IESG Working Group Actions, January - February 2001 - Page 2

By Pete Loshin | Posted Feb 27, 2001
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Another scalability-focused group, Web Intermediaries (WEBI), will be working on mechanisms to standardize the way intermediaries such as caching proxies are updated, and to define requirements for discovery protocols for such intermediaries that respect the end-to-end networking model. Likewise, the Reliable Server Pooling (RSERPOOL) working group will attack scalability at the server by developing an architecture for pooled servers and protocols for managing those servers and for offering client access to server pools.

The Middlebox Communications (MIDCOM) working group should be worth following for its focus on "middle boxes": systems such as firewalls and network address translators (NATs) that implement policies (especially security and quality of service policies) but which are located in intermediate locations in the Internet. MIDCOM is chartered to develop mechanisms by which middleboxes can be controlled remotely to remove application logic from the middleboxes and give greater control over how that logic is disseminated and implemented.

The Silence of the Working Groups

Table 2 lists the ending working groups announced over the past month or so. Several of these groups have been more or less dormant, having produced no RFCs for some time. The FYI Updates (FYIUP) group never actually produced any updated FYIs; the Web Elucidation of Internet-Related Developments (WEIRD) group's results were also disappointing (see their IETF Info page).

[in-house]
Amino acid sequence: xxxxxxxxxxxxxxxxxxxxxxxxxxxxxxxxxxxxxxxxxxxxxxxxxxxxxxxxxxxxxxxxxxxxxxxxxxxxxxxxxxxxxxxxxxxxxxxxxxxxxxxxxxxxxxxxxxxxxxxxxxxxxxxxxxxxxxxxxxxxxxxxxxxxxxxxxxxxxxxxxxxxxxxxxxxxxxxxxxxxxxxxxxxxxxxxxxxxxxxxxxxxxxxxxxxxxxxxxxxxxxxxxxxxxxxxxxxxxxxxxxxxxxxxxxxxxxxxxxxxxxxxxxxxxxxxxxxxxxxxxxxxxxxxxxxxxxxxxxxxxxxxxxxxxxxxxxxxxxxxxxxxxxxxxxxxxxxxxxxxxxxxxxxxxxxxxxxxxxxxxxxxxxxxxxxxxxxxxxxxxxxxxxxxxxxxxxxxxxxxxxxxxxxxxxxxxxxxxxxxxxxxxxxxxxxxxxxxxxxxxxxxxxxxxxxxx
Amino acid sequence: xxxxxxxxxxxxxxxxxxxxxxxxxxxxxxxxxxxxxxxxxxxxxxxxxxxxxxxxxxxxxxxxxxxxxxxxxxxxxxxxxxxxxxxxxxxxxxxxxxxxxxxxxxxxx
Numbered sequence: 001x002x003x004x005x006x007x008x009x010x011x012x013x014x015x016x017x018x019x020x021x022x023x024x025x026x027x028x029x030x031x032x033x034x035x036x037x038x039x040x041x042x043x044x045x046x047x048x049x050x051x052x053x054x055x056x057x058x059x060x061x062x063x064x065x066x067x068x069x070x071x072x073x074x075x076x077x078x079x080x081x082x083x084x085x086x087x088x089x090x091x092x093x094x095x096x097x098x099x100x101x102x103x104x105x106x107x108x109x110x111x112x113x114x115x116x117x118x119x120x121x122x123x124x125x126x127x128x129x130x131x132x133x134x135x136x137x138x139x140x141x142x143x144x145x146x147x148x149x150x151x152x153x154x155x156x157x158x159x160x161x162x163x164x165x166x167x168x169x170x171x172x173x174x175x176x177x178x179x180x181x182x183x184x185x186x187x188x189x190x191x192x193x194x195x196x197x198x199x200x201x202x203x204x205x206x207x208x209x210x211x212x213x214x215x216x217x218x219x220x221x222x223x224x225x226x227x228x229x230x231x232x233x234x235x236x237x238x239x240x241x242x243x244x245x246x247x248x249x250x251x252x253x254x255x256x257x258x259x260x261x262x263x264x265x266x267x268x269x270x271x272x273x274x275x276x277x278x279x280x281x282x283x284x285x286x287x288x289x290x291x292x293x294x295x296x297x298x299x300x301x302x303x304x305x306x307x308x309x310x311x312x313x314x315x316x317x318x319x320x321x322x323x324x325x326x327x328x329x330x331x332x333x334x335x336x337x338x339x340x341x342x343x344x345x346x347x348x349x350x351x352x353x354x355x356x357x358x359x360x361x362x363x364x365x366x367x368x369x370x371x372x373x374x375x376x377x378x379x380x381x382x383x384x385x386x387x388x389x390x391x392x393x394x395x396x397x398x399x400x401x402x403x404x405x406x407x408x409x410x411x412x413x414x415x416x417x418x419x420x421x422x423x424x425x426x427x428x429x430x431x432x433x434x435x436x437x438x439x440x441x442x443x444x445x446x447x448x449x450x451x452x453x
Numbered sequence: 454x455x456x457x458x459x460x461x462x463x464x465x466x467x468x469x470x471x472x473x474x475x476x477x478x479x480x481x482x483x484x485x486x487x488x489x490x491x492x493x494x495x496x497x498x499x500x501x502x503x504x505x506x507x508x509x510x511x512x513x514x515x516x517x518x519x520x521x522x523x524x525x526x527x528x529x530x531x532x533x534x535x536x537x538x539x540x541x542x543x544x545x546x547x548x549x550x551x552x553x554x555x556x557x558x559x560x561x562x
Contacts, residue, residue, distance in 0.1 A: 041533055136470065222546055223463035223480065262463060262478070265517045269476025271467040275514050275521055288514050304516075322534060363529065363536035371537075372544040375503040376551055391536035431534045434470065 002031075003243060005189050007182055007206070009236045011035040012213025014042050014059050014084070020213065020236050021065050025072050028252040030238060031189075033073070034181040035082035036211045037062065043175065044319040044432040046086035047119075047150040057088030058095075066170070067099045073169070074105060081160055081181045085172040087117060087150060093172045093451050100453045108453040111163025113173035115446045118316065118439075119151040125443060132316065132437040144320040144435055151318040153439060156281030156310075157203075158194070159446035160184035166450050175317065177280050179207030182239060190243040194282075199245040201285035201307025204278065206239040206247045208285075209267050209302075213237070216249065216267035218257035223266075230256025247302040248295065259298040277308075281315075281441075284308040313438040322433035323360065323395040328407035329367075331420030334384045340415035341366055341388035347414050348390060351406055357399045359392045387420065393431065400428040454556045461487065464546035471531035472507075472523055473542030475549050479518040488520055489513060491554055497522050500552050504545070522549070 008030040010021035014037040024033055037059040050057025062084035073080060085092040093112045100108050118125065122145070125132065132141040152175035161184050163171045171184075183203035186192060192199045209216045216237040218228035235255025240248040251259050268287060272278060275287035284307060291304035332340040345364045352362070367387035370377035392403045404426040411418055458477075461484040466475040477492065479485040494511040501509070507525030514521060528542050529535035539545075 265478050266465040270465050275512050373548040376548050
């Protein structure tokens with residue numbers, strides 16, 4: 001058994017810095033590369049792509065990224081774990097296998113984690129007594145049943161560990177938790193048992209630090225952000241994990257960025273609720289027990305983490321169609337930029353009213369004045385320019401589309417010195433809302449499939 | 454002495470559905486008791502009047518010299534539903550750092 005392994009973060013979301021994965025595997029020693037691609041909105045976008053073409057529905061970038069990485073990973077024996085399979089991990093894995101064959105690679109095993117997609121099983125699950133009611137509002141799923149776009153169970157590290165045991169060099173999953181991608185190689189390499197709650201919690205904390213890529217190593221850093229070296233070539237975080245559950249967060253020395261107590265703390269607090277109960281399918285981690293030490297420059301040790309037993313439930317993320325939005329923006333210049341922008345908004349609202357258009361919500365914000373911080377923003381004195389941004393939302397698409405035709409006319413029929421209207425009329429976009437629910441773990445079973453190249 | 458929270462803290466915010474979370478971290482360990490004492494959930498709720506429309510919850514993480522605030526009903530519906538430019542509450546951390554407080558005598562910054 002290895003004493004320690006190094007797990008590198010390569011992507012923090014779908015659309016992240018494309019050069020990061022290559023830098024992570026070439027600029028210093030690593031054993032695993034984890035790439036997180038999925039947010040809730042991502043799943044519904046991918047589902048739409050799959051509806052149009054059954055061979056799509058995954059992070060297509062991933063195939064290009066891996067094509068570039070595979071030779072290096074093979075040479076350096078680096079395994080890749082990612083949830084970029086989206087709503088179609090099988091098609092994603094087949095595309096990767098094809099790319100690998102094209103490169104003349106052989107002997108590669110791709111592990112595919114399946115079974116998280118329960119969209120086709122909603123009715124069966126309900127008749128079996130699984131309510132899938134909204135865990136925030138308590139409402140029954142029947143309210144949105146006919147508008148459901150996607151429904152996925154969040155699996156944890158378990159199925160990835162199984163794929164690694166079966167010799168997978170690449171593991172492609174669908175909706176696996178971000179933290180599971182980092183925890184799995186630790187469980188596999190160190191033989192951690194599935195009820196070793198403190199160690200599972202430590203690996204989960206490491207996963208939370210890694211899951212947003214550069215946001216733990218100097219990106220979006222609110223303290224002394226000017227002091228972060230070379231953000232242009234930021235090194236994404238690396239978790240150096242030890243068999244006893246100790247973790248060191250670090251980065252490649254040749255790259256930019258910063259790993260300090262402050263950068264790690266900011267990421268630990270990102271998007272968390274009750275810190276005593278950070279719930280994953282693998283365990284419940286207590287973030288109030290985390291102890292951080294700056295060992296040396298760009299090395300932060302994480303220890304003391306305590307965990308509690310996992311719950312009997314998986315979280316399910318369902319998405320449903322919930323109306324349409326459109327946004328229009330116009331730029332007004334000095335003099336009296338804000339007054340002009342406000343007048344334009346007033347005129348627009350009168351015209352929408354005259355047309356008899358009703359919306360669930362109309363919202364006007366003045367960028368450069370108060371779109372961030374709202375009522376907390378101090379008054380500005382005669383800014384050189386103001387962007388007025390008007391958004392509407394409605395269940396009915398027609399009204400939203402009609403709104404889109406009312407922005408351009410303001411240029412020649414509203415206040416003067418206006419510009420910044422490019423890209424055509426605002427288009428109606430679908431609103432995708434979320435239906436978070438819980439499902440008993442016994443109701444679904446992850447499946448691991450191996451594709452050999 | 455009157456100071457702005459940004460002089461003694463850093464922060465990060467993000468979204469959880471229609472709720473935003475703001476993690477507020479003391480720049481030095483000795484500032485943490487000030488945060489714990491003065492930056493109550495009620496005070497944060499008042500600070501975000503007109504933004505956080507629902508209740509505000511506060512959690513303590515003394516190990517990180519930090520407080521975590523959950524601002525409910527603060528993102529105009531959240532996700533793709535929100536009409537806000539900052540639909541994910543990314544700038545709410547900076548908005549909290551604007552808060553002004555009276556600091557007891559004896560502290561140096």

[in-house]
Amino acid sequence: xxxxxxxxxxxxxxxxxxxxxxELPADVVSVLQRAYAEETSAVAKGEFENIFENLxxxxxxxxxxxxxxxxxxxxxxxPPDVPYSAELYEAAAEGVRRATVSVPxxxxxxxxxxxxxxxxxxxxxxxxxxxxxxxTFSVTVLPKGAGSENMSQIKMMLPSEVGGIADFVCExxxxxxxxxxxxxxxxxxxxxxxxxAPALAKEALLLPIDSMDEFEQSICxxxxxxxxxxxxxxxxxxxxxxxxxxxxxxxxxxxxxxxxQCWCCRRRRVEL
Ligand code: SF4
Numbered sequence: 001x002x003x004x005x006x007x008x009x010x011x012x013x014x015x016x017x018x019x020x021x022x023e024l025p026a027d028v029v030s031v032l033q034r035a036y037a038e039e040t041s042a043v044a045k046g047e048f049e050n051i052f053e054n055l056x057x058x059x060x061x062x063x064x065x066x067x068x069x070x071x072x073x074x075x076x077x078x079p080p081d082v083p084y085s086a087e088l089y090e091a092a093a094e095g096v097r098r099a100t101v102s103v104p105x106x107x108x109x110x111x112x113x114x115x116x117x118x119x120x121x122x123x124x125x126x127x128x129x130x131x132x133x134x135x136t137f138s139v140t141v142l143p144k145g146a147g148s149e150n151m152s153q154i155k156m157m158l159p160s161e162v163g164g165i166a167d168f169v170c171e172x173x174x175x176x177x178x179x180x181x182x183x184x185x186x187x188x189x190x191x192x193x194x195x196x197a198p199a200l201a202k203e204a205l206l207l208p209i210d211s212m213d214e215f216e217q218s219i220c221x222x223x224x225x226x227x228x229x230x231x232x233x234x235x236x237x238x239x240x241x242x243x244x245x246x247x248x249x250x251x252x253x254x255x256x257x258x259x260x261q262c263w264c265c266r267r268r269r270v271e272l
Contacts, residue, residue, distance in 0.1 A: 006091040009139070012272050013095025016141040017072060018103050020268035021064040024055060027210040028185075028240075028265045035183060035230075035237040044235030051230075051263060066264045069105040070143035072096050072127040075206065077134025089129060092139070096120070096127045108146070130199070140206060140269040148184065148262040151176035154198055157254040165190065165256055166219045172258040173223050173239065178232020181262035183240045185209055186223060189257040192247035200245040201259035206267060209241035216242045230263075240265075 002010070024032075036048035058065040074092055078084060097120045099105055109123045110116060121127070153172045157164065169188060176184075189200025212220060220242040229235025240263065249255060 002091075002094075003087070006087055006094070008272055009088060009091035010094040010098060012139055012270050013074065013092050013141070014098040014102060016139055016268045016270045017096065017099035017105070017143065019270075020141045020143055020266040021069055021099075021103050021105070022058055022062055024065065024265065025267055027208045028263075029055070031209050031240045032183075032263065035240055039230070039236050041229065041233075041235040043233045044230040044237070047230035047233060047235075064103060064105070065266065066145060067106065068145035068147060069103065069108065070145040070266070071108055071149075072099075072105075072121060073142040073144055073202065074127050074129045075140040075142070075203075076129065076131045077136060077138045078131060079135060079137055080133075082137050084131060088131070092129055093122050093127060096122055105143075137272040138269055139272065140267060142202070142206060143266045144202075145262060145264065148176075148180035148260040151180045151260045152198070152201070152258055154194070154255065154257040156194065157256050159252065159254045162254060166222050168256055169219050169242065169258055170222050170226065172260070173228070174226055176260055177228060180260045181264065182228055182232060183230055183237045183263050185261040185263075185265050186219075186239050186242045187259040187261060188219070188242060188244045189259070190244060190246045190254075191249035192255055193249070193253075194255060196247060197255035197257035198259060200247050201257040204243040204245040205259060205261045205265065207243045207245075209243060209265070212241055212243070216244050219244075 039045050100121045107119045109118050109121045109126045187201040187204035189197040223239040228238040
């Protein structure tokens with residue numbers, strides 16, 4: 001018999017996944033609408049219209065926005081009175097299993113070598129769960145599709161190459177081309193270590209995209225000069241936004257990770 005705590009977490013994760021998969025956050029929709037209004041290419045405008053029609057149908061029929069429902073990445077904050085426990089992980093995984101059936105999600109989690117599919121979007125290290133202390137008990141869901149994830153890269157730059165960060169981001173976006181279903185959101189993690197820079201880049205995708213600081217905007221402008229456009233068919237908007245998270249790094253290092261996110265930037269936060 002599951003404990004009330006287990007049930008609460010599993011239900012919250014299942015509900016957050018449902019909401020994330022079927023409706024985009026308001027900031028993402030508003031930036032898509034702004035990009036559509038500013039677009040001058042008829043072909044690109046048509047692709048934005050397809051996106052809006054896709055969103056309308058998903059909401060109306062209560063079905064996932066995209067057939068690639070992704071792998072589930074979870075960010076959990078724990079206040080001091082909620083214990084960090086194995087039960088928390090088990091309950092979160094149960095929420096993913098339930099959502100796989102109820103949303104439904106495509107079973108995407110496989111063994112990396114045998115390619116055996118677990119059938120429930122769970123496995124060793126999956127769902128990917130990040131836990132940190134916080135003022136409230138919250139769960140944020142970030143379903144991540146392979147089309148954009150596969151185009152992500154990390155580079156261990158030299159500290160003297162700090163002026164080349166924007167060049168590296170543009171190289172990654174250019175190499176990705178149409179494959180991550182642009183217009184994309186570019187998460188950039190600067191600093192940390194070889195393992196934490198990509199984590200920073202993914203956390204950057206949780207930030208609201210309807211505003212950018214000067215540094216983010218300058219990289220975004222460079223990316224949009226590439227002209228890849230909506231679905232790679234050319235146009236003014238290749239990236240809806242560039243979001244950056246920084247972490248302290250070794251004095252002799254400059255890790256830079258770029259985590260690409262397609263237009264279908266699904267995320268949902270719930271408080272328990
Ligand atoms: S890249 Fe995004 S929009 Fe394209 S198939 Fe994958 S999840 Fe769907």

Table 2: Concluding working groups, January 1 through February 22, 2001.

Other groups were more productive: The Simple Public Key Infrastructure (SPKI) group turned out a couple of experimental RFCs (RFC 2692, "SPKI Requirements," and RFC 2693, "SPKI Certificate Theory"). The Open Network Computing Remote Procedure Call (ONCRPC) working group put out five standards track RFCs through September 1999; part of its original charter, to develop an updated to NFS, was taken over by the NFSv4 working group.

The PSTN/Internet Interfaces (PINT) working group moved forward the cause of integrating the publicly switched telephone network (PSTN) with the Internet, and the Roaming Operating (ROAMOP) working group clarified issues related to roaming: "the ability to use any one of multiple Internet service providers (ISPs), while maintaining a formal, customer-vendor relationship with only one."

What's Next

IETF 50 is only a month away. In the meantime, February saw publication of a solid couple of dozen new RFCs, including a new Best Current Practices (BCP) document, and just about everything else from new stuff on Session Initiation Protocol (SIP) to IPv6 to DHCP. //

Pete Loshin has been writing about IP networking since 1988, including 20 books about networking, the Internet, and Internet standards. The founder of Internet-Standard.com, Pete frequently consults on Internet protocol issues.

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